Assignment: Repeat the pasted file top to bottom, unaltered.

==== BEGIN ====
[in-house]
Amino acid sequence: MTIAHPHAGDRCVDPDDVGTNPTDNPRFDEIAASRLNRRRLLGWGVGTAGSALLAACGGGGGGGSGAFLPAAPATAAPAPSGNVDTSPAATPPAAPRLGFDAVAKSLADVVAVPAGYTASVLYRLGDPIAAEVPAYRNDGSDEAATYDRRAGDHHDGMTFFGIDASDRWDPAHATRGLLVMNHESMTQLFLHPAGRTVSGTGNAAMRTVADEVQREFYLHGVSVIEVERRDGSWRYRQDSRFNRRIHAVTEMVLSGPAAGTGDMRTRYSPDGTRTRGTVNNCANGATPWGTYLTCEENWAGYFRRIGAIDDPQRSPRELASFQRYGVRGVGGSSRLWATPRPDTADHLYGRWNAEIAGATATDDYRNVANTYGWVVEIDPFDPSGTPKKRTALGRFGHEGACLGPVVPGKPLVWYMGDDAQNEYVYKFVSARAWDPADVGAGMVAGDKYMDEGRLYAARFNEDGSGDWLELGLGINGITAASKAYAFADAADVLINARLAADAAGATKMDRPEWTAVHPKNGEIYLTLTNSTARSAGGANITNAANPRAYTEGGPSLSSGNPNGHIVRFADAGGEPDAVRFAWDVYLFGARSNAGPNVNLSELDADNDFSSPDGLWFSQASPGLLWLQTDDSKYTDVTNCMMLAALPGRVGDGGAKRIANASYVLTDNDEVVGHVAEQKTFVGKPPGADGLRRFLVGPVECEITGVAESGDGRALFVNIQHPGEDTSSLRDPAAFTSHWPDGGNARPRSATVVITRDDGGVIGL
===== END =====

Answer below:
[in-house]
Amino acid sequence: MTIAHPHAGDRCVDPDDVGTNPTDNPRFDEIAASRLNRRRLLGWGVGTAGSALLAACGGGGGGGSGAFLPAAPATAAPAPSGNVDTSPAATPPAAPRLGFDAVAKSLADVVAVPAGYTASVLYRLGDPIAAEVPAYRNDGSDEAATYDRRAGDHHDGMTFFGIDASDRWDPAHATRGLLVMNHESMTQLFLHPAGRTVSGTGNAAMRTVADEVQREFYLHGVSVIEVERRDGSWRYRQDSRFNRRIHAVTEMVLSGPAAGTGDMRTRYSPDGTRTRGTVNNCANGATPWGTYLTCEENWAGYFRRIGAIDDPQRSPRELASFQRYGVRGVGGSSRLWATPRPDTADHLYGRWNAEIAGATATDDYRNVANTYGWVVEIDPFDPSGTPKKRTALGRFGHEGACLGPVVPGKPLVWYMGDDAQNEYVYKFVSARAWDPADVGAGMVAGDKYMDEGRLYAARFNEDGSGDWLELGLGINGITAASKAYAFADAADVLINARLAADAAGATKMDRPEWTAVHPKNGEIYLTLTNSTARSAGGANITNAANPRAYTEGGPSLSSGNPNGHIVRFADAGGEPDAVRFAWDVYLFGARSNAGPNVNLSELDADNDFSSPDGLWFSQASPGLLWLQTDDSKYTDVTNCMMLAALPGRVGDGGAKRIANASYVLTDNDEVVGHVAEQKTFVGKPPGADGLRRFLVGPVECEITGVAESGDGRALFVNIQHPGEDTSSLRDPAAFTSHWPDGGNARPRSATVVITRDDGGVIGL